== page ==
On the 30th January ITV ran a programme on the UKs favourite walk and, as I’m sure you’re aware, Helvellyn came in the top spot. When I heard it had hit number one I must admit that my heart sank a little and that led me to stop and think about why.
The mountain provides a nice challenge for somebody who likes a hill walk where they’re using their hands to balance or pull themselves up, who doesn’t want to go too off piste and who doesn’t want to be too far removed from the outside world – help isn’t too far away. In good weather it is an enjoyable day out so there is reason for it to be voted for, so what is my reticence?
Helvellyn is a famous mountain, with people holding it up there because of the infamous Striding Edge and Swirral Edge that create an ideal horseshoe walk for a day in the mountains. A lot of people fear these sharp edges – and for good reason – but when there’s a scare factor it automatically becomes a more desirable walk. These ridges have claimed many lives and so there’s a satisfying feeling of accomplishment when you manage to complete them. The oohs, ahhs and resulting respect you get from your colleagues when you get back from your weekend to say you’ve conquered it, coupled with how accessible this mountain is, has likely driven more people to it.
However, I also feel that Helvellyn is a box ticking exercise – not that there’s anything wrong with that. It’s just that there are so many other mountains in the UK that provide that same level of excitement and unease – and with a much more interesting summit.
I would argue that Helvellyn was voted as the UK’s favourite because that’s the name the most people knew. It’s a striking and unusual name and often cited when the Lake District is referred to, although arguably it’s not the summit anybody chases on this mountain, which is flat, broad and rather dull, but the ridges that lead up to it: Striding Edge and Swirral Edge.
Rather than Britain’s favourite walk, how about Britain’s most popular walk?
Somehow I feel that this is fitting because there is certainly a difference between popular and favourite. I would go up Helvellyn again, for sure, but most probably because I’d be going along with a group of friends who wanted to do it and that would be after I’d tried to encourage them to go somewhere else and I don’t think I would say it’s Britain’s best walk either.
When I think of my favourite walks, I like to go somewhere that’s quiet, has interesting terrain, perhaps has a little bit of scrambling and has amazing views. While you can get a lot of those in the Lakes, it’s hardly ever quiet. I guess it’s for this reason that the Lake District does not really feature any favourite walks of mine – with one exception. There are other places that hit the spot: I love the raggedness of Snowdonia, and the peace once you get away from Snowdon and I love the pure wildness of Scotland.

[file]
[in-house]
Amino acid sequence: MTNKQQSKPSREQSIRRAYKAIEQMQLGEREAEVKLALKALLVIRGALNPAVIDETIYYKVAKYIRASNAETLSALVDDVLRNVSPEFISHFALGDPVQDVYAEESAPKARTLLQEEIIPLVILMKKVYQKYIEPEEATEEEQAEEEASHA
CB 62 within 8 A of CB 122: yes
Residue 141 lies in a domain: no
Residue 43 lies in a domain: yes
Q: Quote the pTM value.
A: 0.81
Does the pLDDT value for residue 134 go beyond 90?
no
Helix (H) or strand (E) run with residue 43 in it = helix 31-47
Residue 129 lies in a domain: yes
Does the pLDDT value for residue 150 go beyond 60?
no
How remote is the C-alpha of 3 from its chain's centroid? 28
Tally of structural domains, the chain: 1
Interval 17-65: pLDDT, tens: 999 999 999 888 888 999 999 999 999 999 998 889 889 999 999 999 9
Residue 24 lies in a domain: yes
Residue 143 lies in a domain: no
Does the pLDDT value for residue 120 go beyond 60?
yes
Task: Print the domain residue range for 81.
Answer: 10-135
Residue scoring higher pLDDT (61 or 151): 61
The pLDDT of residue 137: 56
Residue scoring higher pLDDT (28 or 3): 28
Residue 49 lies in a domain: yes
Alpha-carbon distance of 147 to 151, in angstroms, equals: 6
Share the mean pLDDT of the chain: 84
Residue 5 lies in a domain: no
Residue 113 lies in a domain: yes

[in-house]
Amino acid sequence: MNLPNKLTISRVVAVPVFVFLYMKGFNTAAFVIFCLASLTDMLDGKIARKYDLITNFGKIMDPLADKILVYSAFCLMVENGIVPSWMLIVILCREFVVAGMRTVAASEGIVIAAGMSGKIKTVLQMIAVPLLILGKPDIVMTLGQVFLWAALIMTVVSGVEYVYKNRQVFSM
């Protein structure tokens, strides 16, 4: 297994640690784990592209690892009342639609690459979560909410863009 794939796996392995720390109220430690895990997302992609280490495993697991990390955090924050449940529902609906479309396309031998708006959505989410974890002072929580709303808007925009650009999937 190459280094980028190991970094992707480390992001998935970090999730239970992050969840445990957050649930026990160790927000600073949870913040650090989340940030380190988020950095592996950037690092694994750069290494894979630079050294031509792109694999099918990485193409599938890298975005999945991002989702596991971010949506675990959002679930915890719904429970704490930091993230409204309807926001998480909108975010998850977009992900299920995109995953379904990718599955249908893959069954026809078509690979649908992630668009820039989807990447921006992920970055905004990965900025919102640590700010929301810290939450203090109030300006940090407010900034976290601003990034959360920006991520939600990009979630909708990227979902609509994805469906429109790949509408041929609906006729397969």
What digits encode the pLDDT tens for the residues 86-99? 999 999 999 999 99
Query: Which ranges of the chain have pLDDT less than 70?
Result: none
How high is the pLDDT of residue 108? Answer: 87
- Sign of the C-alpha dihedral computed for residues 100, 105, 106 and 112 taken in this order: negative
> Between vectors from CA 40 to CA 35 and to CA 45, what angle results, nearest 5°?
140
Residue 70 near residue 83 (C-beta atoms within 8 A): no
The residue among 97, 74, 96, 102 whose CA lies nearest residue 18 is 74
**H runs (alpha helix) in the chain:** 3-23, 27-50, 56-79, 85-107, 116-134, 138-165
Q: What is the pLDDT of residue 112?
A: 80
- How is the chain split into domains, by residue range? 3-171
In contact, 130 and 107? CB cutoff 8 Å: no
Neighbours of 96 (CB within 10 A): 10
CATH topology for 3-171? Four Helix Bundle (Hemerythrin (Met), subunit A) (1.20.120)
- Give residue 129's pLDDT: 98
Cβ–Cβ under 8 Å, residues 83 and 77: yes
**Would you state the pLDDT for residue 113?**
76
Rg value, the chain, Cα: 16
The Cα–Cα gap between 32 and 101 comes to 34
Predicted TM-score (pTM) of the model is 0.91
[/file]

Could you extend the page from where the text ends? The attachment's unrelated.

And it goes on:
However, I can fully appreciate that many people are not too bothered by the masses of people in the Lake District. There are ways to beat the crowds, such as leaving in the evening for a wild camp or by setting an early alarm so you can get the best of your walk with hardly anybody around. I wrote about it in Trail magazine last year – funnily enough on Striding Edge (pictured below) and as you can see there is nobody about.
My favourite walks
So, while I am sure there are many of you out there who will jump up and say, ‘hang on a minute, Helvellyn is my favourite’ – that’s fine. These are just my own views on the topic and you really don’t have to agree with them. So instead of lingering on this any longer I thought I would quickly round up a handful of my favourite walks and I hope, if you do them, that they make you re-evaulate Helvellyn as your favourite. Onwards…
Moel Hebog, North Wales
You can see this wonderful and often overlooked Snowdonian mountain in this little video and just have a look at the views out over the rest of Snowdonia (from about half way up Moel Hebog).
Ben Starav, Scotland
Found at the end of Glen Etive (famous for its feature in James Bond) Ben Starav is such fun. I did this walk while I was working on Trail magazine and it sticks with me to this day as the most wonderful walk I’ve done.
The Three Beinns walk on the Isle of Arran
Goatfell is the popular walk on Arran but we were lured in by the tempting horseshoe of the Three Beinns instead. Hand on heart, although the start was on the boggy side (gaiters necessary) it was simply stunning. As I have not yet managed to put metaphorical pen to paper and get it up as a blog post yet, see the photos below.
The Glyders, North Wales
These craggy, rock covered peaks feel wild. I remember clearly the first time I walked up onto these summits and I fell in love with them. They’re so other worldly that I felt like I’d escaped – escaped from all the day to day pressures of life and they helped me to release the breath I didn’t realise I was holding as I felt so content being amongst their wildness.
Crinkle Crags, Lake District
Before I did this walk I could very much take or leave the Lake District. My first time up these crags was in the winter with Trail and they captured my heart a little. For all the beauty of the Lake District, I’ve felt it to be bland in comparison to Scotland and Wales and this walk went a way to changing that. The reason? It felt a little like Snowdonia, ha!
Having said that Crinkle Crags is the one that swayed me, Sharp Edge was also a lot of fun and much quieter, too.